NASCAR® driver Brian Vickers and three-time Olympic medalist Katie Hoff are renowned in the world of sports for their willingness to face off against the fiercest opponents. Both have now faced a different type of opponent: blood clots.
Hoff was the youngest U.S. athlete to compete in the 2004 Summer Games, and currently holds the American record for her 400-meter individual medley and formerly held the world record in the same event. Though she qualified for the Olympics at 15 and won three medals at 19, Hoff, now 27, did not get to end her career on her own terms.
She was training aggressively for an Olympic comeback but was derailed by searing pain from what turned out to be a pulmonary embolism, or PE, blood clots that traveled up to her lungs. She tried to resume her work after the clots dissipated, but lingering scar tissue reduced her breathing capacity just enough to rob her of world-class speed.
Vickers was the full-time driver of the No. 55 Toyota Camry for Michael Waltrip Racing in the NASCAR® Sprint Cup Series. He has won three races each in both the NASCAR® Sprint Cup and NASCAR® Nationwide racing series.
His career has also been cut short due to blood clots. Brian developed deep vein thrombosis, or DVT, a blood clot that forms in the leg. Currently he is involved in numerous projects outside of racing and would welcome the chance to be back in the seat of a race car if the situation made sense for his career and goals.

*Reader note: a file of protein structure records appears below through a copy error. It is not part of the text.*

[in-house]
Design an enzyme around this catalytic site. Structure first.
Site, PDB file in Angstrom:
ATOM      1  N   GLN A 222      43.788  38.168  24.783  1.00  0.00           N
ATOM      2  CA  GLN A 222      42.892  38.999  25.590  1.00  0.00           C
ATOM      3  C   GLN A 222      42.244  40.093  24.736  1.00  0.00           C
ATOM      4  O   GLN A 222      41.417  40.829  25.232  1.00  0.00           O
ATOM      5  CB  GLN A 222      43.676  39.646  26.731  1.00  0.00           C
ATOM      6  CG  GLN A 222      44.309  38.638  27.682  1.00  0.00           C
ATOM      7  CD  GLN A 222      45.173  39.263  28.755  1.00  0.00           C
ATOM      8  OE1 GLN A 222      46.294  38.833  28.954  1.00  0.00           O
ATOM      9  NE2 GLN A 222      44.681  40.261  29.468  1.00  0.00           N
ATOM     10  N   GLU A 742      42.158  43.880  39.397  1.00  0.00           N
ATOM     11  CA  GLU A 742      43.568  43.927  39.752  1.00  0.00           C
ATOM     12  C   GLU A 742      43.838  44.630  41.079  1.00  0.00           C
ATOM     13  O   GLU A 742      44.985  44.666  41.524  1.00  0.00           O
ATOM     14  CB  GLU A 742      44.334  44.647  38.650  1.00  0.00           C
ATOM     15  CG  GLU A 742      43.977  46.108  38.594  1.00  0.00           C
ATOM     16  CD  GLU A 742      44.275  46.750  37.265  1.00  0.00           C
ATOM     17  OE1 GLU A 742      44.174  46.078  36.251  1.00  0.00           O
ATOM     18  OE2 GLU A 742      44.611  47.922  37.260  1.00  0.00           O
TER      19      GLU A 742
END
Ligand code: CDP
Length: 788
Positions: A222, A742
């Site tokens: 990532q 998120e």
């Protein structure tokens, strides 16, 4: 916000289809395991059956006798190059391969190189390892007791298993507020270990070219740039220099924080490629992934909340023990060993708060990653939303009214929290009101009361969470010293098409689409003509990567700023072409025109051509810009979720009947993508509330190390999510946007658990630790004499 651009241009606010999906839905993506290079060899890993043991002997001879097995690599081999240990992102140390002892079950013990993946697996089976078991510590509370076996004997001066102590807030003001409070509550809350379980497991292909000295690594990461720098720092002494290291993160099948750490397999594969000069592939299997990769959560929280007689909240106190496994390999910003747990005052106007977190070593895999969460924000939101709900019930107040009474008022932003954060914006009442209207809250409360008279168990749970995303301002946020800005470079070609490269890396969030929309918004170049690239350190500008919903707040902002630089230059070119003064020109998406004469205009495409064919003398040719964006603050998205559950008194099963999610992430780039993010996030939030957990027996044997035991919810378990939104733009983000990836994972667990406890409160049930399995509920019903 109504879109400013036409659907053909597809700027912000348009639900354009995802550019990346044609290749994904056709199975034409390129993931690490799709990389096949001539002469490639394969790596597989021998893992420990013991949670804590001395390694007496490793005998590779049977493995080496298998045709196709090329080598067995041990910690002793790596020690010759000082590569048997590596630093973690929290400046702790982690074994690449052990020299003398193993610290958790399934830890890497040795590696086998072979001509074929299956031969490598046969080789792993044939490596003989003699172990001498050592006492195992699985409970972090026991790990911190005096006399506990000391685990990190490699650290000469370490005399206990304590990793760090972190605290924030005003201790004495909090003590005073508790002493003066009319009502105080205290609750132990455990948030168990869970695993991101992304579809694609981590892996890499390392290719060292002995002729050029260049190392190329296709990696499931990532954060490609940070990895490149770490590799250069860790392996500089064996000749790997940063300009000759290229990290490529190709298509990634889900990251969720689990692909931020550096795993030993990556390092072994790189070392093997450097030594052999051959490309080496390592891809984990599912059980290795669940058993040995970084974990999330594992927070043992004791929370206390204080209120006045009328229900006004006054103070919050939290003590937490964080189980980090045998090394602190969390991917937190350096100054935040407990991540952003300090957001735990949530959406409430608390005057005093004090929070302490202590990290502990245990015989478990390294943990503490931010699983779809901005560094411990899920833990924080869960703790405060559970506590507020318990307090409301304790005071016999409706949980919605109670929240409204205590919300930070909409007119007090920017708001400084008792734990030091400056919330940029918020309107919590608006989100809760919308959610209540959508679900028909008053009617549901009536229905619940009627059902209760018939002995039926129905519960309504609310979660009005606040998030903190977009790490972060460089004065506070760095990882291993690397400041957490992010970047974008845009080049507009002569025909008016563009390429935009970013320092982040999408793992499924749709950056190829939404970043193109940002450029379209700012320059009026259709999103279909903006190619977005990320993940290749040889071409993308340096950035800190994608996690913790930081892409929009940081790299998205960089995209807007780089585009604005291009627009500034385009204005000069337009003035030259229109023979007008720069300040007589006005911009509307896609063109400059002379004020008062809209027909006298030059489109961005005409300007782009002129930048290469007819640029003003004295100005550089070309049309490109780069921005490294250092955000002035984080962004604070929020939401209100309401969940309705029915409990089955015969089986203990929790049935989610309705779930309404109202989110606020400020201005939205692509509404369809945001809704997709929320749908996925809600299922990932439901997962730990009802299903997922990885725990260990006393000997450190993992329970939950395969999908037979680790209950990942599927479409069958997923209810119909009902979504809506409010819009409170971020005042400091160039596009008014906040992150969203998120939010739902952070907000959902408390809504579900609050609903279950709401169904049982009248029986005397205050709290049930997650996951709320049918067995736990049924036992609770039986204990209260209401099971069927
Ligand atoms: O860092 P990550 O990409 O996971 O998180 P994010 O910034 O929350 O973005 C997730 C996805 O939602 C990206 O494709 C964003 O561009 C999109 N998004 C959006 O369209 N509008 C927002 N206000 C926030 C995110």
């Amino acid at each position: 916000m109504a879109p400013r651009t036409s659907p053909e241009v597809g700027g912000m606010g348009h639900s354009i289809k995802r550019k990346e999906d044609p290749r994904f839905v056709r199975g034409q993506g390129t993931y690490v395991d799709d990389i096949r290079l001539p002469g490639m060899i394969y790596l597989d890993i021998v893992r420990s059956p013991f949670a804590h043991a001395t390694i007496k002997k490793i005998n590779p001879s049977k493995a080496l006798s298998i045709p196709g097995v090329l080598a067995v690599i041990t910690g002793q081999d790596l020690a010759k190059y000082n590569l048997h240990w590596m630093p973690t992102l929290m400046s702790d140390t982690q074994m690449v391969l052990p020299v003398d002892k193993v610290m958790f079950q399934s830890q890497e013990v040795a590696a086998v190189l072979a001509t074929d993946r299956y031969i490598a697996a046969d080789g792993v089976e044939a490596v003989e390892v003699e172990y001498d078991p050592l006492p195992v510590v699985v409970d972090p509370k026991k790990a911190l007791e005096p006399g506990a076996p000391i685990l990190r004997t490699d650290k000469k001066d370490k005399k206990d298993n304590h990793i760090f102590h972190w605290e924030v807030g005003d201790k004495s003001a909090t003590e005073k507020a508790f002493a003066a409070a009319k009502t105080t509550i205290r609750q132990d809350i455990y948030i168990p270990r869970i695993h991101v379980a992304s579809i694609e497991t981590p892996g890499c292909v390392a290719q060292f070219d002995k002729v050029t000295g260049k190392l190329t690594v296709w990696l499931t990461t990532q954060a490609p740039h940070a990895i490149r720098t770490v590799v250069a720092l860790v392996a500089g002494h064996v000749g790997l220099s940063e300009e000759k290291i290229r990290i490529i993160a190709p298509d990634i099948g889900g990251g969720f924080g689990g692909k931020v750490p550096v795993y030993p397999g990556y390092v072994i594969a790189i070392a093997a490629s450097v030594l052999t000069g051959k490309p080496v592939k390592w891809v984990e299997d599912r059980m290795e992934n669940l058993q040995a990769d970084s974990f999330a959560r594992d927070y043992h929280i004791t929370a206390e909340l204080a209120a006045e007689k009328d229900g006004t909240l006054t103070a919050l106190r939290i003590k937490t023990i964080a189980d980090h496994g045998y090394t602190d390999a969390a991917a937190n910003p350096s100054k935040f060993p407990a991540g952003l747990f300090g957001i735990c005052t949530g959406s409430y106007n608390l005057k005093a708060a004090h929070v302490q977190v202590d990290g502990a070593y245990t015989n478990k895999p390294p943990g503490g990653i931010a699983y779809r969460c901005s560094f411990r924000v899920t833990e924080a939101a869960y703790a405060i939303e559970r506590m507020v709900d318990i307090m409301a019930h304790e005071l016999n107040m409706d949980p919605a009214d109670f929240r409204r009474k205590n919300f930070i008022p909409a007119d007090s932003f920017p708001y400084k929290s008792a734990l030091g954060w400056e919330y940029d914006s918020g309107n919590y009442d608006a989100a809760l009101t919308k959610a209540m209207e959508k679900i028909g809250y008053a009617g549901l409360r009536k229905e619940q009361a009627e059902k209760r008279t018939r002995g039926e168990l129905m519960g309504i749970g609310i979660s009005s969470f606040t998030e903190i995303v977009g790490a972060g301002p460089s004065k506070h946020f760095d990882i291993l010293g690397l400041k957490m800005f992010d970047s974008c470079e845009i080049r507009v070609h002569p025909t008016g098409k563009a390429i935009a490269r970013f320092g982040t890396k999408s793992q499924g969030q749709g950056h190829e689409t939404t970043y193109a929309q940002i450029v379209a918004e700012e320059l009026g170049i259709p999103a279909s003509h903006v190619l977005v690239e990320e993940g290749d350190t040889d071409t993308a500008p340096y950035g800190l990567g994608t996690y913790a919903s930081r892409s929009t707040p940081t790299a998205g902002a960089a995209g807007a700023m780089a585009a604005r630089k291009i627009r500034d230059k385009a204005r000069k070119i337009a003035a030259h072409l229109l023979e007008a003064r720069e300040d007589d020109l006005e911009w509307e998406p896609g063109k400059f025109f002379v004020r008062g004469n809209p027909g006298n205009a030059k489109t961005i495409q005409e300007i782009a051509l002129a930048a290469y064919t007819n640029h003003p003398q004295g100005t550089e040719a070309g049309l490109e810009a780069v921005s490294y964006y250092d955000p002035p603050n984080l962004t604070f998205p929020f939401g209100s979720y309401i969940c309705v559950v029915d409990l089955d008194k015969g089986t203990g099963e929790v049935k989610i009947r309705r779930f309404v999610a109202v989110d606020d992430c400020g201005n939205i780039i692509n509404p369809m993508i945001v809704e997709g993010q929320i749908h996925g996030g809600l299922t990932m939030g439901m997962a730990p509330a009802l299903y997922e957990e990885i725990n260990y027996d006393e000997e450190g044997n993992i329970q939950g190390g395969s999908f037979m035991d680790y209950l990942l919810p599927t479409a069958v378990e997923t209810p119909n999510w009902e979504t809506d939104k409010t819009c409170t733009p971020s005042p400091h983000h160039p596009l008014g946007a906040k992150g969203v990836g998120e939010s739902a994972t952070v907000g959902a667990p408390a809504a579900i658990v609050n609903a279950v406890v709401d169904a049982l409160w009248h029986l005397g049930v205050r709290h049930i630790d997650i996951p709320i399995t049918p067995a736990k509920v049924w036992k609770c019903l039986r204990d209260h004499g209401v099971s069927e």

These conditions –DVT and PE, affect as many as 900,000 Americans, with many experiencing a potentially life-threatening blood clot every year. Sadly, as many as 100,000 people die each year from blood clots. Those who have had a DVT or PE remain at an increased risk for another episode.
Additional Facts About Blood Clots:
In support of Blood Clot Awareness, Brian and Katie have partnered with the National Blood Clot Alliance (NBCA), a nonprofit, patient-led organization dedicated to advancing the prevention, early diagnosis and successful treatment of life-threatening blood clots. Over the next 100 days, the NBCA will share educational information and real health stories, including those of Brian Vickers and Katie Hoff, to help raise awareness of blood clots.
Katie and Brian together joined me to talk about their experiences with DVT and PE to increase awareness and help others like them, and to encourage others to know the risks, signs, symptoms, and available treatment options for blood clots.
Brian Vickers And Katie Hoff Open Up About A Serious Health Condition
Take a look below.
You can learn more about Katie and Brian’s health experiences by watching the videos sharing their personal journeys that are featured on TreatMyClot.com. For every video view of their stories, their partner Janssen Pharmaceuticals, Inc. will make a donation to the National Blood Clot Alliance.